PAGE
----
4. It is prudent to have substitute executor(s) in case a nominated executor becomes unable to act for any reason. For instance, if the estate administration proves to be too complex or the primary executor becomes unavailable.

By considering these factors, you can make informed decisions regarding the nomination of your executors and ensure a smoother administration of your estate.


Beneficiaries are individuals who are designated to receive your assets upon your passing. Typically, beneficiaries include your spouse or de facto partner and children. When it comes to dividing your assets, you have the flexibility to allocate them in various ways. For instance:

  1. Percentage Allocation: You may choose to distribute assets among children and step-children based on percentages, allowing one beneficiary to receive a greater share than others.
  2. Equal Shares: Another option is to divide your assets into equal portions among the beneficiaries.
  3. Specific Gifts: It is also possible to assign specific items, such as jewellery, a house, or a car, to particular beneficiaries.
  4. Establishing Trusts: If you have children or step-children, you can set up trusts that will hold and manage assets until they reach a specific age, ensuring a controlled transfer of assets.

By considering these options, you can tailor your estate plan to meet your wishes and provide for your beneficiaries in a way that aligns with your intentions.


Considerations for Will Preparation

When preparing your Will, it is essential to address the following aspects:

  • Selection of Executors: Determine who will be responsible for executing your Will and administering your estate.
  • Identification of Beneficiaries: Specify the individuals or entities who will inherit your assets and benefit from your Will.
  • Distribution of Assets and Liabilities: Take stock of your current assets and liabilities and outline how you want them to be distributed among your beneficiaries.
  • Asset Transfer Preferences: Decide whether specific assets should be directly transferred to beneficiaries instead of being sold.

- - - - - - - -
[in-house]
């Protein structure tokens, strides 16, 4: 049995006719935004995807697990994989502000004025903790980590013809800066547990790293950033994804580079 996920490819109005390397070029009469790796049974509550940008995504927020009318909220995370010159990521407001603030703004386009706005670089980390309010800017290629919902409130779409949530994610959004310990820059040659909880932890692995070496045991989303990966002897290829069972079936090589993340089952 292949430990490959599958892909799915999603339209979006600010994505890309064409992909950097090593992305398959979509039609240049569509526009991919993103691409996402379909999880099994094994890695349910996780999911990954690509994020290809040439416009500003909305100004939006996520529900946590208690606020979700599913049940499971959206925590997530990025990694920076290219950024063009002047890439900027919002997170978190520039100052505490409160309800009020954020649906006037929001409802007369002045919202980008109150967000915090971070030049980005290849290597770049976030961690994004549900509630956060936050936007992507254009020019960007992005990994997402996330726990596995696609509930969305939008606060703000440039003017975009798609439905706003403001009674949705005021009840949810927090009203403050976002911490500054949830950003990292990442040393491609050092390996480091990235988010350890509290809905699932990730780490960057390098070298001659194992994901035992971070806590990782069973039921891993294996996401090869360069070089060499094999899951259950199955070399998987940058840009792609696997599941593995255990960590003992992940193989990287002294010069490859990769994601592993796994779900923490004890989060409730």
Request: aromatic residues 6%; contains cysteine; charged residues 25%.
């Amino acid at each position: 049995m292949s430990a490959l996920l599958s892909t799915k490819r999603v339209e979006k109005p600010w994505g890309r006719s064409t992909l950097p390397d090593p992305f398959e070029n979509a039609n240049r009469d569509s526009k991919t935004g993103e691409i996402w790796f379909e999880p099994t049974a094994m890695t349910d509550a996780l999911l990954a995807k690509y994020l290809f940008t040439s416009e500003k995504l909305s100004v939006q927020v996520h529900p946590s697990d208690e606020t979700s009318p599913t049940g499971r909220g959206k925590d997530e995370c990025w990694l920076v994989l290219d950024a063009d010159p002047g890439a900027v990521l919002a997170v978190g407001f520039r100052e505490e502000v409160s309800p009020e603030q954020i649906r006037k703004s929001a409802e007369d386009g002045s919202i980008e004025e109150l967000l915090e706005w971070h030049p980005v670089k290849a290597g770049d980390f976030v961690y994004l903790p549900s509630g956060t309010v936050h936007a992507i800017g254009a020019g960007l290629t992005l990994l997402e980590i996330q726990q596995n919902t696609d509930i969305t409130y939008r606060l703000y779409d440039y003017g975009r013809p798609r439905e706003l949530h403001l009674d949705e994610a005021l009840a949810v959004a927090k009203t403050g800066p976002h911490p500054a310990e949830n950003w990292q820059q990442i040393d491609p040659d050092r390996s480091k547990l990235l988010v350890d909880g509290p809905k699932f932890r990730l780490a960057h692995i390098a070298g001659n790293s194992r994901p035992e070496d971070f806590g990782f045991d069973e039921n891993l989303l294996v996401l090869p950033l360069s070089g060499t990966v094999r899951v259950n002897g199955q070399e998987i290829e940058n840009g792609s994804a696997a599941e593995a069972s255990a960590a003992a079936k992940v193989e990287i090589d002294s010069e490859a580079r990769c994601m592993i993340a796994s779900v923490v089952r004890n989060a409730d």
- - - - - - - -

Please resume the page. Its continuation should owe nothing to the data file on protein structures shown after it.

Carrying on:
• Guardianship of Children: Determine who will assume the care and responsibility of your children in the event of your demise.
  • Funeral Preferences: Express your preference for burial or cremation and any specific requests concerning your funeral arrangements or headstone.
  • Testamentary Trust Establishment: Consider setting up a testamentary trust to provide for your grandchildren at a specified age and potentially minimise tax obligations for them.

Given that your Will is a legally significant document, it is crucial to ensure the accuracy of beneficiary details, including correct names and addresses of executors and beneficiaries.

Impact of Marriage or Divorce on a Will

If you marry after creating a Will, the Will is generally invalidated or revoked, unless it was specifically made in anticipation of the marriage. On the other hand, if you divorce after creating a Will, it only cancels any gifts intended for your former spouse. Additionally, the appointment of your former spouse as executor, trustee, or guardian in the Will is also revoked. However, this may not apply if the court determines that the Will maker did not intend to revoke the gift or appointment through the divorce. If you wish to make changes to your Will or if your marital circumstances change, it is advisable to consult our knowledgeable Will team for appropriate guidance.



In our role as your solicitor, our team will take care to accurately draft your Wills and ensure they are properly signed and witnessed. Additionally, we offer the convenience of securely storing your Will in our safe custody cabinets, allowing your executors easy access when required. Should your circumstances change, our team can assist you in creating new Wills. Furthermore, we are able to provide copies of Wills to specific individuals upon your request.